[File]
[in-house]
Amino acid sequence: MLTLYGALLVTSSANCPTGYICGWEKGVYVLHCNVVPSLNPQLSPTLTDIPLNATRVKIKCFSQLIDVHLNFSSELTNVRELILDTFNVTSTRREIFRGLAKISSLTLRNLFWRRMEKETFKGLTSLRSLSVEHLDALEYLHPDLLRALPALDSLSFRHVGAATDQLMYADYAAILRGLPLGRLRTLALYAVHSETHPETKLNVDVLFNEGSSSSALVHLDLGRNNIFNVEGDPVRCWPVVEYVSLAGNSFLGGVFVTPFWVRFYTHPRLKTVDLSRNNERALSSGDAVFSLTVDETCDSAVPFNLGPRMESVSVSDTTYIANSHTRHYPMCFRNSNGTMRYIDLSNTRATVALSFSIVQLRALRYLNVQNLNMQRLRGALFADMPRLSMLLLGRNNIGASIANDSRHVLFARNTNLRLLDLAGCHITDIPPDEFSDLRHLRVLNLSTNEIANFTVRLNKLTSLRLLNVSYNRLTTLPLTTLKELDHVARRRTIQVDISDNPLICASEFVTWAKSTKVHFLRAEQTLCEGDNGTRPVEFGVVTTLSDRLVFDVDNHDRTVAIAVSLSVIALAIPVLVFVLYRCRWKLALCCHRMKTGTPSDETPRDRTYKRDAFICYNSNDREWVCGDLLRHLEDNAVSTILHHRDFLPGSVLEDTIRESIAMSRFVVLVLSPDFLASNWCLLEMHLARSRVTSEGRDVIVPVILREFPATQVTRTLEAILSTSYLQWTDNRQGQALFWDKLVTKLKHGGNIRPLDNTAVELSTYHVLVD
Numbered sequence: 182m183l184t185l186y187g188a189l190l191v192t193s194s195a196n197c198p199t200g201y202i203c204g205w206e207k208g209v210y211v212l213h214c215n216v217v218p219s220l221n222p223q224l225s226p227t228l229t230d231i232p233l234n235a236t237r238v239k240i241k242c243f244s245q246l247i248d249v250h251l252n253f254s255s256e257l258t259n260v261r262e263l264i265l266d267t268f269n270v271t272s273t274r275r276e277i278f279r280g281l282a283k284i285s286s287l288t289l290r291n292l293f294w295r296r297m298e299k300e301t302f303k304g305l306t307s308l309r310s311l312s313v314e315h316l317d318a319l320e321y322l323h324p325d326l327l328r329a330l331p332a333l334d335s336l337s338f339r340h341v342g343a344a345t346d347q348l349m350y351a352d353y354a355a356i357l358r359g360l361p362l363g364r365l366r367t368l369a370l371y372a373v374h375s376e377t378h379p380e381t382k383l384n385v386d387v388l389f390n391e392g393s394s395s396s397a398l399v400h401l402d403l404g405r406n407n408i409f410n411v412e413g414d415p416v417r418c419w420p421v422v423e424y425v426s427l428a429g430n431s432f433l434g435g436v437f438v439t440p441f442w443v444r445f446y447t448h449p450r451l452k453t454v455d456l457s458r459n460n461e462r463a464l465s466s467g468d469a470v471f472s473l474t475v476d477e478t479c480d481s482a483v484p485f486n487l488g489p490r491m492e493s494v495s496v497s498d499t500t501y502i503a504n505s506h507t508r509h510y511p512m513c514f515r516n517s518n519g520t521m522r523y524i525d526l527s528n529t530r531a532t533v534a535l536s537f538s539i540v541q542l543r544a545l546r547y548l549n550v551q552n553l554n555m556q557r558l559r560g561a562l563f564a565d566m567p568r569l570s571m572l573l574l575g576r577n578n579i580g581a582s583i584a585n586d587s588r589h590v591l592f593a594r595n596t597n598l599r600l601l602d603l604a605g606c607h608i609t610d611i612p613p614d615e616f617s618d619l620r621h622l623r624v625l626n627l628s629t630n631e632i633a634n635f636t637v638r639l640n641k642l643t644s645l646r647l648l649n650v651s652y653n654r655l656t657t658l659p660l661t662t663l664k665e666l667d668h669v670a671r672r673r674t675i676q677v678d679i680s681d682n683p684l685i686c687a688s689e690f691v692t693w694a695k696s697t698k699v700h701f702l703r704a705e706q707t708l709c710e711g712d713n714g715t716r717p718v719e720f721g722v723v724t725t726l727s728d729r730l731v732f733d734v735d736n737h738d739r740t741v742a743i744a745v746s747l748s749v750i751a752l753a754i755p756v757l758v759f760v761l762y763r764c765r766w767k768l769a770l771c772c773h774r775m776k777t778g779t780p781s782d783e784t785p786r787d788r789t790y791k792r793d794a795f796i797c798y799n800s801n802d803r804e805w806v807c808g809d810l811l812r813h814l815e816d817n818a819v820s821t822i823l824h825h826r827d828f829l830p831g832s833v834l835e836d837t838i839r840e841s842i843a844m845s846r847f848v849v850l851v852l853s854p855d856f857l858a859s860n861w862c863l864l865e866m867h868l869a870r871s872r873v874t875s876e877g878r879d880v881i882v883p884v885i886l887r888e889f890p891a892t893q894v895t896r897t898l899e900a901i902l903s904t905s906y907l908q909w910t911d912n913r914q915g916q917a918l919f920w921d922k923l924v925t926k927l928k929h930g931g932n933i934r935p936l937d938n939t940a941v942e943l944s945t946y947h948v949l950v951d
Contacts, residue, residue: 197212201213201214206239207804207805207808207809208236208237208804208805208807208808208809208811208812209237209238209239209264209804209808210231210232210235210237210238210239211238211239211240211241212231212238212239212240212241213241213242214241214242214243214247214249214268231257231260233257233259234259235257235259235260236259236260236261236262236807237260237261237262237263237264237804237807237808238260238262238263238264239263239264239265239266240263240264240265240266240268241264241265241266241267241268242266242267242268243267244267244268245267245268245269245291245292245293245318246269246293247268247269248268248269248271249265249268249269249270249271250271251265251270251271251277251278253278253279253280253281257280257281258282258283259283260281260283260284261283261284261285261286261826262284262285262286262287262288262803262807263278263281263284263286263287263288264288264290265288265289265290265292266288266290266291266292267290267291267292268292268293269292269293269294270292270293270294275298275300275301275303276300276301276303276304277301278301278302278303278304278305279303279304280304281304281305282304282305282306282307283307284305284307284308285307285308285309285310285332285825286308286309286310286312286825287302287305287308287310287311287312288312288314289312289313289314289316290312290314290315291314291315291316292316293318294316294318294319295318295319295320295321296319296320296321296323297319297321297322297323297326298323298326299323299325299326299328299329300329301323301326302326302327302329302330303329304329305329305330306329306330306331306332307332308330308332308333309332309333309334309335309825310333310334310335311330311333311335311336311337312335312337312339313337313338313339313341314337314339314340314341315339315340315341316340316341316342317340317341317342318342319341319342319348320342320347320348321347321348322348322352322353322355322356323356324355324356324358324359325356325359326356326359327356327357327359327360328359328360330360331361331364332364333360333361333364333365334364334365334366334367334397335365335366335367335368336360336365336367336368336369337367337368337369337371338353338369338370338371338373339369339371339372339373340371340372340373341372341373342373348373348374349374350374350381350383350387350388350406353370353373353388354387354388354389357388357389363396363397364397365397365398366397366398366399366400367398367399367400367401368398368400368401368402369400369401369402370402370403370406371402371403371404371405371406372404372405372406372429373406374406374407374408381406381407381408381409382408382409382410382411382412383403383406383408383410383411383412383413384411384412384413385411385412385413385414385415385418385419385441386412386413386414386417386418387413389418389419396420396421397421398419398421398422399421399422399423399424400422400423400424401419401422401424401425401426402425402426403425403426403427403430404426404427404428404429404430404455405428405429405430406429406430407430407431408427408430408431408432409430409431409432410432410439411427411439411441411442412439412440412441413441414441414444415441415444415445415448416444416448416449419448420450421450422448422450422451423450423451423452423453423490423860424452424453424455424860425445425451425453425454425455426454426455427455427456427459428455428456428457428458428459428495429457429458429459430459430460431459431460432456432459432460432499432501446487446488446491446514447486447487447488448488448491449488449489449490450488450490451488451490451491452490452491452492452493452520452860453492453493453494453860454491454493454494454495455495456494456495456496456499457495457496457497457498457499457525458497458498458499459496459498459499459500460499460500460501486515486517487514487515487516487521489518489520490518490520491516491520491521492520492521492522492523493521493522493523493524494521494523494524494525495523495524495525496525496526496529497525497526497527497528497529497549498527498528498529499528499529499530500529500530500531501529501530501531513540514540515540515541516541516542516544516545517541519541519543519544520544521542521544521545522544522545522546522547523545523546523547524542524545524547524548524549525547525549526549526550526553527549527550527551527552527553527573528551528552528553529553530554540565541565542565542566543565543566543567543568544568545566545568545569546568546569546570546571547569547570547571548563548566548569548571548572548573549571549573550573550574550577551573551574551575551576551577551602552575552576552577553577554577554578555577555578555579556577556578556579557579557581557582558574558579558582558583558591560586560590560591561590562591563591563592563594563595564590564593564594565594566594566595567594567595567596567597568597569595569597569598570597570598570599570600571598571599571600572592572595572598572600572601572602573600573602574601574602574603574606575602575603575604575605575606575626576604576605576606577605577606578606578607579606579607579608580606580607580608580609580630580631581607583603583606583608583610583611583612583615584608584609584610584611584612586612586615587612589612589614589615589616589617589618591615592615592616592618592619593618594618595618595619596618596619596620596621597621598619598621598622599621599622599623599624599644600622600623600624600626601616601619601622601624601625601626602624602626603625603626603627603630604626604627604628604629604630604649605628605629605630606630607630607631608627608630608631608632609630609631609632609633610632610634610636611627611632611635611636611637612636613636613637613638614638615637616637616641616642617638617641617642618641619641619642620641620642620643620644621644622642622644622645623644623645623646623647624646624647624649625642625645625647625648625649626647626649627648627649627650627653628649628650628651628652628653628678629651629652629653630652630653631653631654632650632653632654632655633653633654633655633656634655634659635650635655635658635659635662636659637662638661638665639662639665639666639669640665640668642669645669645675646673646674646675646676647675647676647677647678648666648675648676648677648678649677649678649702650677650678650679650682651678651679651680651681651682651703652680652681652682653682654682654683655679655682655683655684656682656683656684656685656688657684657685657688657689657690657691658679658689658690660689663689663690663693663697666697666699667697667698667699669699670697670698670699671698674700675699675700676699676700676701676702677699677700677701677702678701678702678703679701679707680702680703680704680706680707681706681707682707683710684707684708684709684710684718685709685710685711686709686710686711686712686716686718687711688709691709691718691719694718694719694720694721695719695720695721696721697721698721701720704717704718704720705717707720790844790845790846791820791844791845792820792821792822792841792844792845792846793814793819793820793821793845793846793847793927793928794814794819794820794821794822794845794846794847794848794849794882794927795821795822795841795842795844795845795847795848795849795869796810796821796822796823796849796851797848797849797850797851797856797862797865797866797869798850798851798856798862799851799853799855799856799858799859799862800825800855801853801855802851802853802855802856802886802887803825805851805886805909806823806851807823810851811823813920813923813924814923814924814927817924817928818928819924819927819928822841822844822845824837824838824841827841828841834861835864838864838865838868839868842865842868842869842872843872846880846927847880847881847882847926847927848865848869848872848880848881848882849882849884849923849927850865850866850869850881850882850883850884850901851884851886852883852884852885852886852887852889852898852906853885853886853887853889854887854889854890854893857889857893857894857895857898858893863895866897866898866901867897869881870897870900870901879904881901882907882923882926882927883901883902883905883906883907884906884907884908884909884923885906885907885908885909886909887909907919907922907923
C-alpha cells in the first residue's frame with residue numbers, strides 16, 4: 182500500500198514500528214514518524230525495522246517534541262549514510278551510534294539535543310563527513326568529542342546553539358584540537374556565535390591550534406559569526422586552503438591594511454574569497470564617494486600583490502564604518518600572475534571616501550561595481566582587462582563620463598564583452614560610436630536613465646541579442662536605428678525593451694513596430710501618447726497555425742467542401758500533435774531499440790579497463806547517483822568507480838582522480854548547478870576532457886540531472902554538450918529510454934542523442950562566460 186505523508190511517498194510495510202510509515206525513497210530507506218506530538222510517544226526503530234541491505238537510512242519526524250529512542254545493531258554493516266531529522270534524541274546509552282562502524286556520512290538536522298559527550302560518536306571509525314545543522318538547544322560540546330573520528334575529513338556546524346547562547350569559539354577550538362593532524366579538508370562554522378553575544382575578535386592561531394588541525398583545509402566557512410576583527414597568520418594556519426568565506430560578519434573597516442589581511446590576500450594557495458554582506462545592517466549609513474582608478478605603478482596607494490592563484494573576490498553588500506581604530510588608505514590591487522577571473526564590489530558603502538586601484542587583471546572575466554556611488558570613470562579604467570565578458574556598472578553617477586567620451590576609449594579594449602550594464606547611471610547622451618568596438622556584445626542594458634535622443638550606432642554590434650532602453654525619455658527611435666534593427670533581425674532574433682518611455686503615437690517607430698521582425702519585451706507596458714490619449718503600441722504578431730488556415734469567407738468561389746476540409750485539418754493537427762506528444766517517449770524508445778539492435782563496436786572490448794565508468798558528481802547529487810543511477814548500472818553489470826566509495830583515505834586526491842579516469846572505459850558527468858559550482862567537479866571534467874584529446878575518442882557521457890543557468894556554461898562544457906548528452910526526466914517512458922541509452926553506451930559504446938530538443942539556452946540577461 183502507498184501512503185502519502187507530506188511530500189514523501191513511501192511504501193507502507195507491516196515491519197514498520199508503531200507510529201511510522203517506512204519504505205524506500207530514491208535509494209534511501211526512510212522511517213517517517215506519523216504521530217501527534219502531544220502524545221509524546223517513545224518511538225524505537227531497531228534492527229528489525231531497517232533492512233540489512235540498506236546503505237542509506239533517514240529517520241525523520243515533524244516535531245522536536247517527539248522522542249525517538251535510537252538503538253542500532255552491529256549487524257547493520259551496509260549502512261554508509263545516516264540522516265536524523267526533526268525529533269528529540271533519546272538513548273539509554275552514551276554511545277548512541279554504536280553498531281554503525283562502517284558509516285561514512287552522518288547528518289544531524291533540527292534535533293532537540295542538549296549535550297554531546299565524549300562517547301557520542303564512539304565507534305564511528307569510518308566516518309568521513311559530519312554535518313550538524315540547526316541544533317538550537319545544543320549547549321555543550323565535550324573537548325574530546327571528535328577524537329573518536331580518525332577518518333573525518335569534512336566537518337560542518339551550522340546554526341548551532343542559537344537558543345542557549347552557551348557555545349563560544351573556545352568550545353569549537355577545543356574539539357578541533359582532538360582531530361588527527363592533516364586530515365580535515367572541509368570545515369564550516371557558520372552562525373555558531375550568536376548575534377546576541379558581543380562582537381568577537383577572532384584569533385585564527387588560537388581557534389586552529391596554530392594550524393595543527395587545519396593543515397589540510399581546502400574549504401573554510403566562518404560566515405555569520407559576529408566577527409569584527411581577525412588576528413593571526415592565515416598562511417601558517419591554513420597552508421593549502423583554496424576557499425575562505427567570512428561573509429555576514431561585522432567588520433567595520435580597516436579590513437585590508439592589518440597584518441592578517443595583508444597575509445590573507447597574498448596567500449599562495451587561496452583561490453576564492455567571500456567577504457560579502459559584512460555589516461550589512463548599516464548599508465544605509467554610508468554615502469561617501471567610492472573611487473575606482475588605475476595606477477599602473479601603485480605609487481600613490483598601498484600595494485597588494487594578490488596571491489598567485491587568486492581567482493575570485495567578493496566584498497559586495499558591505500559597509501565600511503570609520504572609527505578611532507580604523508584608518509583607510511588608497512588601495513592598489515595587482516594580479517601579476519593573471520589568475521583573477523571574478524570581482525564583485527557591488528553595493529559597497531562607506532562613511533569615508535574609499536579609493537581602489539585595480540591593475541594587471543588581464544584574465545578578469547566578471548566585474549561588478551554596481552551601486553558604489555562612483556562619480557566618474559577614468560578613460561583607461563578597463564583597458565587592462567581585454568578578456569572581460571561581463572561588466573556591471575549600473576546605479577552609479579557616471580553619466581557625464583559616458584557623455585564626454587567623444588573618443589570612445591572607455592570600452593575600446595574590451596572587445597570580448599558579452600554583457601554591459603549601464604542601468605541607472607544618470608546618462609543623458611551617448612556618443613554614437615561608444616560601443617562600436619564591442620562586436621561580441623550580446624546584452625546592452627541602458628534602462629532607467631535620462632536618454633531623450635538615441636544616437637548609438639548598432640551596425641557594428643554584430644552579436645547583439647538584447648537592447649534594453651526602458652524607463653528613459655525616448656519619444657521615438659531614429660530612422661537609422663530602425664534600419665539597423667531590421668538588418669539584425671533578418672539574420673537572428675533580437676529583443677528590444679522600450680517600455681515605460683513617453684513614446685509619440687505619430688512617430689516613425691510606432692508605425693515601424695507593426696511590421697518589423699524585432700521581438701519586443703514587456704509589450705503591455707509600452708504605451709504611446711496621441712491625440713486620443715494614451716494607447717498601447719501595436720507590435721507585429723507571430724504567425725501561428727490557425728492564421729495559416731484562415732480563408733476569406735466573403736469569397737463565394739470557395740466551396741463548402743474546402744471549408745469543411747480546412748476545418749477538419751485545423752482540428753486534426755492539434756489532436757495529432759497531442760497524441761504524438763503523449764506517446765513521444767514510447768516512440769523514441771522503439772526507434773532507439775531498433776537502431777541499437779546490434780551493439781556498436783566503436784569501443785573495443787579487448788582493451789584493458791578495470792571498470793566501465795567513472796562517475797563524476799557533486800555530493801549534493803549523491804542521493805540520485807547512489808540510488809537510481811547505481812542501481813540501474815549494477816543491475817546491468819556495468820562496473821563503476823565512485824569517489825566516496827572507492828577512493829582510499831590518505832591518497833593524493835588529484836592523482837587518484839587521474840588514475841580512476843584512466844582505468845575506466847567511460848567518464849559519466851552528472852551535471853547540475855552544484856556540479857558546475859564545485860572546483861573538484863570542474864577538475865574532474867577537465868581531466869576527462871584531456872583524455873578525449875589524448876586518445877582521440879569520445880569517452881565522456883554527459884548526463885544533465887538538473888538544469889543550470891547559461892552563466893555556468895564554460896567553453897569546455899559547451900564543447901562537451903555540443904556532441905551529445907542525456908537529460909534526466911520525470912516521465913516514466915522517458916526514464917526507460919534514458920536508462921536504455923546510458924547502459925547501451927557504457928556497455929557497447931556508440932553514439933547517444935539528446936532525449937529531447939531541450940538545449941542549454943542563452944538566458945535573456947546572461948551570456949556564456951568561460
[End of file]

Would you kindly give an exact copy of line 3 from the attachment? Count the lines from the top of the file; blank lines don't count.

Numbered sequence: 182m183l184t185l186y187g188a189l190l191v192t193s194s195a196n197c198p199t200g201y202i203c204g205w206e207k208g209v210y211v212l213h214c215n216v217v218p219s220l221n222p223q224l225s226p227t228l229t230d231i232p233l234n235a236t237r238v239k240i241k242c243f244s245q246l247i248d249v250h251l252n253f254s255s256e257l258t259n260v261r262e263l264i265l266d267t268f269n270v271t272s273t274r275r276e277i278f279r280g281l282a283k284i285s286s287l288t289l290r291n292l293f294w295r296r297m298e299k300e301t302f303k304g305l306t307s308l309r310s311l312s313v314e315h316l317d318a319l320e321y322l323h324p325d326l327l328r329a330l331p332a333l334d335s336l337s338f339r340h341v342g343a344a345t346d347q348l349m350y351a352d353y354a355a356i357l358r359g360l361p362l363g364r365l366r367t368l369a370l371y372a373v374h375s376e377t378h379p380e381t382k383l384n385v386d387v388l389f390n391e392g393s394s395s396s397a398l399v400h401l402d403l404g405r406n407n408i409f410n411v412e413g414d415p416v417r418c419w420p421v422v423e424y425v426s427l428a429g430n431s432f433l434g435g436v437f438v439t440p441f442w443v444r445f446y447t448h449p450r451l452k453t454v455d456l457s458r459n460n461e462r463a464l465s466s467g468d469a470v471f472s473l474t475v476d477e478t479c480d481s482a483v484p485f486n487l488g489p490r491m492e493s494v495s496v497s498d499t500t501y502i503a504n505s506h507t508r509h510y511p512m513c514f515r516n517s518n519g520t521m522r523y524i525d526l527s528n529t530r531a532t533v534a535l536s537f538s539i540v541q542l543r544a545l546r547y548l549n550v551q552n553l554n555m556q557r558l559r560g561a562l563f564a565d566m567p568r569l570s571m572l573l574l575g576r577n578n579i580g581a582s583i584a585n586d587s588r589h590v591l592f593a594r595n596t597n598l599r600l601l602d603l604a605g606c607h608i609t610d611i612p613p614d615e616f617s618d619l620r621h622l623r624v625l626n627l628s629t630n631e632i633a634n635f636t637v638r639l640n641k642l643t644s645l646r647l648l649n650v651s652y653n654r655l656t657t658l659p660l661t662t663l664k665e666l667d668h669v670a671r672r673r674t675i676q677v678d679i680s681d682n683p684l685i686c687a688s689e690f691v692t693w694a695k696s697t698k699v700h701f702l703r704a705e706q707t708l709c710e711g712d713n714g715t716r717p718v719e720f721g722v723v724t725t726l727s728d729r730l731v732f733d734v735d736n737h738d739r740t741v742a743i744a745v746s747l748s749v750i751a752l753a754i755p756v757l758v759f760v761l762y763r764c765r766w767k768l769a770l771c772c773h774r775m776k777t778g779t780p781s782d783e784t785p786r787d788r789t790y791k792r793d794a795f796i797c798y799n800s801n802d803r804e805w806v807c808g809d810l811l812r813h814l815e816d817n818a819v820s821t822i823l824h825h826r827d828f829l830p831g832s833v834l835e836d837t838i839r840e841s842i843a844m845s846r847f848v849v850l851v852l853s854p855d856f857l858a859s860n861w862c863l864l865e866m867h868l869a870r871s872r873v874t875s876e877g878r879d880v881i882v883p884v885i886l887r888e889f890p891a892t893q894v895t896r897t898l899e900a901i902l903s904t905s906y907l908q909w910t911d912n913r914q915g916q917a918l919f920w921d922k923l924v925t926k927l928k929h930g931g932n933i934r935p936l937d938n939t940a941v942e943l944s945t946y947h948v949l950v951d